Buff State fails to uphold their mission statement

Jillian LeBlanc, Opinion Editor

What is the point of college? This question is usually seen as a dumb one, but society has an array of answers. Some say it is a money-sucking gimmick, a waste of time, an expensive party or a place that induces midday naps. But the majority claims that college is a place to learn, to test theories and concepts, to formulate ideas, and to ultimately prepare students for future endeavors.

SUNY Buffalo State describes college in their mission statement as a place that educates students and provides high-quality lifelong learning opportunities. While this sounds like a ray of sunshine, the reality is far less cheerful.

College is intended to teach students, but how useful are classes when nothing is being taught?

This is a classic example of the much-overused analogy involving a tree falling in a forest, except this scenario is not hypothetical. There are classes on this campus I wish I never took, because I did not learn anything. It is frustrating to take on the burdensome cost of college to walk away from a class thinking it was an utter waste of time.

As much as we like to think that knowledge is available to all, with the Internet, books and people contently at our disposal, college proves this is not true.

Knowledge is not free; students are charged every semester for information in the form of college courses. Students are paying professors to teach concepts most people cannot teach themselves. People are literally paying for an expert’s time, experience and thoughts.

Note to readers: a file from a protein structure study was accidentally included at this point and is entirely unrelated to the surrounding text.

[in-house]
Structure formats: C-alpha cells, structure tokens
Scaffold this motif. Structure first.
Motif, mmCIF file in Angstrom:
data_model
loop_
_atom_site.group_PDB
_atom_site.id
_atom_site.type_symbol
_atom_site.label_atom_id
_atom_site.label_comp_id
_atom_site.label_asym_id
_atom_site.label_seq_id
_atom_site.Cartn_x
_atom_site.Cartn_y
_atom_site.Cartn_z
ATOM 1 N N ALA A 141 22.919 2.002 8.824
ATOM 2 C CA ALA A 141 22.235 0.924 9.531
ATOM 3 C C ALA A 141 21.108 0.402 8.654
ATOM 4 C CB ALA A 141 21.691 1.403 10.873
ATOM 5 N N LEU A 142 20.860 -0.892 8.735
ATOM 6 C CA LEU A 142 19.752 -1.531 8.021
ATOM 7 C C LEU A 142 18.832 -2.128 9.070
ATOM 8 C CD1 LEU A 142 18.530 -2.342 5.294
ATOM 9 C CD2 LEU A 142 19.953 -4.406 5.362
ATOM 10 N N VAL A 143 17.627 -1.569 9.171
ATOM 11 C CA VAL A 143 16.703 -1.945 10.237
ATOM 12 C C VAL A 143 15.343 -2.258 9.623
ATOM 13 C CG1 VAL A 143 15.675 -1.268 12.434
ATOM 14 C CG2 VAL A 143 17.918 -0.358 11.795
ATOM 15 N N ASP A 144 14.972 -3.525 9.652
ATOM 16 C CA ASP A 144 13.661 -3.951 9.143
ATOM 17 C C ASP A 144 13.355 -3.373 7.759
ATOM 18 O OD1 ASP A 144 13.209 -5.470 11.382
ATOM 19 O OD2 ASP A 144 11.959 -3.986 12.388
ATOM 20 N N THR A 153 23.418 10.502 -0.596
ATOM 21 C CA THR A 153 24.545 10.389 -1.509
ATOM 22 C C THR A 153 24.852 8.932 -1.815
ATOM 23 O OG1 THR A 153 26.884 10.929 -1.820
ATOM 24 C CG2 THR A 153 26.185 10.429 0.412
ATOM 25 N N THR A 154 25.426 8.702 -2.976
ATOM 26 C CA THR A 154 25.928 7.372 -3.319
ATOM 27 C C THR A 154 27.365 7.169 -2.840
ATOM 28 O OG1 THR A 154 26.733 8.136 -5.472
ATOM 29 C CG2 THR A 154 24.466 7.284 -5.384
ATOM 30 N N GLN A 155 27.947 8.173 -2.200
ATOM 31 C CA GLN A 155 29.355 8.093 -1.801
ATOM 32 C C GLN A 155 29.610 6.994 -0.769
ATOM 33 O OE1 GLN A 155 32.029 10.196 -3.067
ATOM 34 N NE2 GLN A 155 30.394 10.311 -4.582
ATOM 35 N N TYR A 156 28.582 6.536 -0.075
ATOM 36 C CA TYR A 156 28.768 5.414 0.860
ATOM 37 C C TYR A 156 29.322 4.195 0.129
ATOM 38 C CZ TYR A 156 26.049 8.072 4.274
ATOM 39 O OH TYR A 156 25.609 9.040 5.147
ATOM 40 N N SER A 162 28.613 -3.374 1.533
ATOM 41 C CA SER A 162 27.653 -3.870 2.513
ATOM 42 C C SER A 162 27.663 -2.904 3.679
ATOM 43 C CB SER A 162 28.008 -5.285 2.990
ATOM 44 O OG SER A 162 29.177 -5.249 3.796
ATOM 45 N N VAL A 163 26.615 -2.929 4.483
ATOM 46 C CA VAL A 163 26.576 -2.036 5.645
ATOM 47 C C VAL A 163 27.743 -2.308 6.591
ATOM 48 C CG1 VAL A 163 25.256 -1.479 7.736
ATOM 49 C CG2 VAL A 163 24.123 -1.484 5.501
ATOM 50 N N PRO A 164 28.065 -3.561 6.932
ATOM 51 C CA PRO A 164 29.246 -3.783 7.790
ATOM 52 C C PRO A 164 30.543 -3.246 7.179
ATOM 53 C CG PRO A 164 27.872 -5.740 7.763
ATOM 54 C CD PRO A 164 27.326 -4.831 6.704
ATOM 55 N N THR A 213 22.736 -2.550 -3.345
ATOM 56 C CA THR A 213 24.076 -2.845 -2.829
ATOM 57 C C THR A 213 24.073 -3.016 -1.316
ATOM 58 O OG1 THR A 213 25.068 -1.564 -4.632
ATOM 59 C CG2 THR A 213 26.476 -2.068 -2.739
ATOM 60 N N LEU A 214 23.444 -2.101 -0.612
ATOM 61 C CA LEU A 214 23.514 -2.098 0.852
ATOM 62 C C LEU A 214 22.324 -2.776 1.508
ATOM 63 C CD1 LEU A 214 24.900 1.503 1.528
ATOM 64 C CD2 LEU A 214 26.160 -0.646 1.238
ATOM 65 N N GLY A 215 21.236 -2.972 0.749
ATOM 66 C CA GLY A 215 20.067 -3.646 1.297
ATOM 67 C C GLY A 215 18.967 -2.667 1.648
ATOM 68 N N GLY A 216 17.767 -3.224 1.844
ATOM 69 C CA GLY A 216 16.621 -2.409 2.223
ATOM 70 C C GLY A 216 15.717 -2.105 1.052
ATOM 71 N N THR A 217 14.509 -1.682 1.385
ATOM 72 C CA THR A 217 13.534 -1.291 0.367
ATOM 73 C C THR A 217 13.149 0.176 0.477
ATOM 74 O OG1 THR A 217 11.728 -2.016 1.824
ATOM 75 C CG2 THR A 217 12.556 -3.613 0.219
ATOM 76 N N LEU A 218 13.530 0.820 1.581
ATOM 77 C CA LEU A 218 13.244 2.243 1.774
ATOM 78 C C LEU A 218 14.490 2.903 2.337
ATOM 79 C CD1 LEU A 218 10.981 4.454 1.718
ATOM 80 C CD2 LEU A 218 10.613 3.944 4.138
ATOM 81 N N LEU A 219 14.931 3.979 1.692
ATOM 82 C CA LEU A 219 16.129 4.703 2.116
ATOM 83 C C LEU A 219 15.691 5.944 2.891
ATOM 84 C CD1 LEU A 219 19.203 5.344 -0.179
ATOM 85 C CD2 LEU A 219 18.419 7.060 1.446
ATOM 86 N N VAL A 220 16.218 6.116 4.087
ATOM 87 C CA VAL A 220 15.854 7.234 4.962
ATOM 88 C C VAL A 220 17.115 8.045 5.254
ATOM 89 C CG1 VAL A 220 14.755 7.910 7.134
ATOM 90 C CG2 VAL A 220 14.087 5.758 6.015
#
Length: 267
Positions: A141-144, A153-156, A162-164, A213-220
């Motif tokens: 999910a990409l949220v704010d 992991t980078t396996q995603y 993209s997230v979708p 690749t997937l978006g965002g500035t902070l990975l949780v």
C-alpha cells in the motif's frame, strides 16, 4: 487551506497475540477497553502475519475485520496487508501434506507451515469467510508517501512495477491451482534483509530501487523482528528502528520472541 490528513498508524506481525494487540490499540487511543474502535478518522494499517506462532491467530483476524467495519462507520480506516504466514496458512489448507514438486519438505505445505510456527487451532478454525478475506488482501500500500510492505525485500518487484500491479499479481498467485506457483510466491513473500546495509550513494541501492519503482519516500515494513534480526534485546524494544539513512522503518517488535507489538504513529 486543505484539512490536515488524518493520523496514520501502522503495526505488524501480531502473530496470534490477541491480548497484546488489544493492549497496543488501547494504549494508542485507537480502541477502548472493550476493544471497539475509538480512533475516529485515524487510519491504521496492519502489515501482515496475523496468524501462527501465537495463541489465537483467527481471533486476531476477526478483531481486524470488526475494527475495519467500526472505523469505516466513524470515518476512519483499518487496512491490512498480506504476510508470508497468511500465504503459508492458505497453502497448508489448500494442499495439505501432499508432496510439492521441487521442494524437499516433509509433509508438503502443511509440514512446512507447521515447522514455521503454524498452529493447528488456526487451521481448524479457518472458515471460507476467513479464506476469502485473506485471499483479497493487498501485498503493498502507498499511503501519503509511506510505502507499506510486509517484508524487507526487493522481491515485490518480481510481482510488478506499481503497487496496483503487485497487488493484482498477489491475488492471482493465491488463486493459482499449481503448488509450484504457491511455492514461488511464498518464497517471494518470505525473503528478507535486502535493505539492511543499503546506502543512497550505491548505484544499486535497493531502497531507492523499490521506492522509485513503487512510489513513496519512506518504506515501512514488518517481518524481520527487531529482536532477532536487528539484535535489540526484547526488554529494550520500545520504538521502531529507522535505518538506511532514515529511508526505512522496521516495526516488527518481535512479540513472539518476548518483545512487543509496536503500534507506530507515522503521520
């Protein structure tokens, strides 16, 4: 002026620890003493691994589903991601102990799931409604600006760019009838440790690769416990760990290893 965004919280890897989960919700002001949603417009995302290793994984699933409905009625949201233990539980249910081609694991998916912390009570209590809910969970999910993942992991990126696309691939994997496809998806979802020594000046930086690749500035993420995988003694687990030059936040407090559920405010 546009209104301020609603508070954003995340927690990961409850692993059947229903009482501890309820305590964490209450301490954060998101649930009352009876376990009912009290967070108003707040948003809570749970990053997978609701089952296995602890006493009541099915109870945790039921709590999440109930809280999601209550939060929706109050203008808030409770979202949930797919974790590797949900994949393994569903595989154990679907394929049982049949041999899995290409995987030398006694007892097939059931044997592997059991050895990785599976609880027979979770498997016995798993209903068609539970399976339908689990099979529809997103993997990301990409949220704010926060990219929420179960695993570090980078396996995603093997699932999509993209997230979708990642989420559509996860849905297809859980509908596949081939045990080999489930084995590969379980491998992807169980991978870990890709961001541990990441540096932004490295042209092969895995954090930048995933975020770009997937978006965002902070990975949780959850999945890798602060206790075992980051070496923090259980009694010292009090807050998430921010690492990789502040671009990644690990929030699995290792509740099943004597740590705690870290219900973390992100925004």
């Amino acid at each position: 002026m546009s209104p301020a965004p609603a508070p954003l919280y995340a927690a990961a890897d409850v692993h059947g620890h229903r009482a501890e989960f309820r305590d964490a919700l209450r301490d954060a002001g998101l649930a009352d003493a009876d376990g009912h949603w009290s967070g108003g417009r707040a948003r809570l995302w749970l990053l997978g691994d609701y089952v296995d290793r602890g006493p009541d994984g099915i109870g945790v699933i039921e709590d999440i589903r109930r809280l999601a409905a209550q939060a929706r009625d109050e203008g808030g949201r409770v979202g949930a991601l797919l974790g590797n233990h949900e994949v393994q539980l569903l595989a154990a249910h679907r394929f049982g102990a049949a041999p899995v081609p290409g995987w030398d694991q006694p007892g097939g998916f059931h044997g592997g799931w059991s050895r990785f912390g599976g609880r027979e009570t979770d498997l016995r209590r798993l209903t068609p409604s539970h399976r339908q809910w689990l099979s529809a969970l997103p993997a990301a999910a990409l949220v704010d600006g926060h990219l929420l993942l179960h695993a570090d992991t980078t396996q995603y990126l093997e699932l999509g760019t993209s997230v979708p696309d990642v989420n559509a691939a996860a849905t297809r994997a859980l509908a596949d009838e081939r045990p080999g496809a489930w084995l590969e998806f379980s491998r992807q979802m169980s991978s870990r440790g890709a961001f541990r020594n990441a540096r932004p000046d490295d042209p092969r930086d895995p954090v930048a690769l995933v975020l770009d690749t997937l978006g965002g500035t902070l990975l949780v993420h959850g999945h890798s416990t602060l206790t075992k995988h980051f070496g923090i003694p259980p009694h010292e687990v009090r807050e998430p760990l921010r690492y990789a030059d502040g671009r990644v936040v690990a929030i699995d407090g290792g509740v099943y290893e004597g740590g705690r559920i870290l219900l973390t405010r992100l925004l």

While I, along with thousands of others at Buffalo State, accept this concept, it is appalling to see my money being used so poorly. It is beyond annoying to sit in a class taught by someone who has no experience in the field the class is about – and be told blatantly wrong information. No one is perfect, accidents happen, but when a professor consistently tells wrong information as fact, and refuses to hear the opposition, there is a problem.

It is unnerving to see students ridiculed in class for voicing their opinion, to have their ideas shot down because the professor is not qualified. This is not college; it’s a poor imitation of a dictatorship.

Students should be assisted when they ask a question, not told to “figure it out.” People should be encouraged to debate, and tackle different concepts in a range of ways. To feel as though you cannot speak your mind without being silenced is a sad thought, but it happens.

No wonder millennials act like mindless sheep, corralled by their smartphones, when they get treated like they don’t have a brain. Students are being suppressed, and they don’t know any better to speak out about the injustice.

Learning is not easy, otherwise everyone would have a 4.0 GPA, but it becomes more challenging when you are not allowed a voice. We are the future of this nation. How can we become qualified to take on that burden when we cannot express ourselves? The world might be an unfair place, but this is an easy fix. Maybe Buffalo State should pay closer attention about the staff they are employing, and how well they teach.

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